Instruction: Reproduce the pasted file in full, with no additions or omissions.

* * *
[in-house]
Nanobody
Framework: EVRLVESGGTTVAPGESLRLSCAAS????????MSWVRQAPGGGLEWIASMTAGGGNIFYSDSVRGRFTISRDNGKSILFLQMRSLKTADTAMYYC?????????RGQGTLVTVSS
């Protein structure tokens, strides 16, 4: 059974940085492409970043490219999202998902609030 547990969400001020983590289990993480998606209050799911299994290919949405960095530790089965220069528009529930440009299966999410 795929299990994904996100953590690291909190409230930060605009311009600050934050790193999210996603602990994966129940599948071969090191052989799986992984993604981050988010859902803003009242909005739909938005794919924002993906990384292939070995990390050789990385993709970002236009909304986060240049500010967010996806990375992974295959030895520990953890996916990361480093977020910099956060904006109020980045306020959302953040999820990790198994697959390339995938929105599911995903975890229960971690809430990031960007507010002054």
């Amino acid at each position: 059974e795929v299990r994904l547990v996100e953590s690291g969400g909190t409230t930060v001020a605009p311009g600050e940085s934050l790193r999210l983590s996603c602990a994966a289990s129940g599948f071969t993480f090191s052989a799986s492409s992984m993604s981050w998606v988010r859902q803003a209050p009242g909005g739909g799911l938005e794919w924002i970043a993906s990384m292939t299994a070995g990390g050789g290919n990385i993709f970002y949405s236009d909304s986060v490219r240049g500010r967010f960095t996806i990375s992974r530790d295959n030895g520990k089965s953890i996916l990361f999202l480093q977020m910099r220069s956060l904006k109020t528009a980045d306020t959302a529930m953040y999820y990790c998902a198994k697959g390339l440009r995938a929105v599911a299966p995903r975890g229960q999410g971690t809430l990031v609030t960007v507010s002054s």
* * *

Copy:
[in-house]
Nanobody
Framework: EVRLVESGGTTVAPGESLRLSCAAS????????MSWVRQAPGGGLEWIASMTAGGGNIFYSDSVRGRFTISRDNGKSILFLQMRSLKTADTAMYYC?????????RGQGTLVTVSS
């Protein structure tokens, strides 16, 4: 059974940085492409970043490219999202998902609030 547990969400001020983590289990993480998606209050799911299994290919949405960095530790089965220069528009529930440009299966999410 795929299990994904996100953590690291909190409230930060605009311009600050934050790193999210996603602990994966129940599948071969090191052989799986992984993604981050988010859902803003009242909005739909938005794919924002993906990384292939070995990390050789990385993709970002236009909304986060240049500010967010996806990375992974295959030895520990953890996916990361480093977020910099956060904006109020980045306020959302953040999820990790198994697959390339995938929105599911995903975890229960971690809430990031960007507010002054």
């Amino acid at each position: 059974e795929v299990r994904l547990v996100e953590s690291g969400g909190t409230t930060v001020a605009p311009g600050e940085s934050l790193r999210l983590s996603c602990a994966a289990s129940g599948f071969t993480f090191s052989a799986s492409s992984m993604s981050w998606v988010r859902q803003a209050p009242g909005g739909g799911l938005e794919w924002i970043a993906s990384m292939t299994a070995g990390g050789g290919n990385i993709f970002y949405s236009d909304s986060v490219r240049g500010r967010f960095t996806i990375s992974r530790d295959n030895g520990k089965s953890i996916l990361f999202l480093q977020m910099r220069s956060l904006k109020t528009a980045d306020t959302a529930m953040y999820y990790c998902a198994k697959g390339l440009r995938a929105v599911a299966p995903r975890g229960q999410g971690t809430l990031v609030t960007v507010s002054s």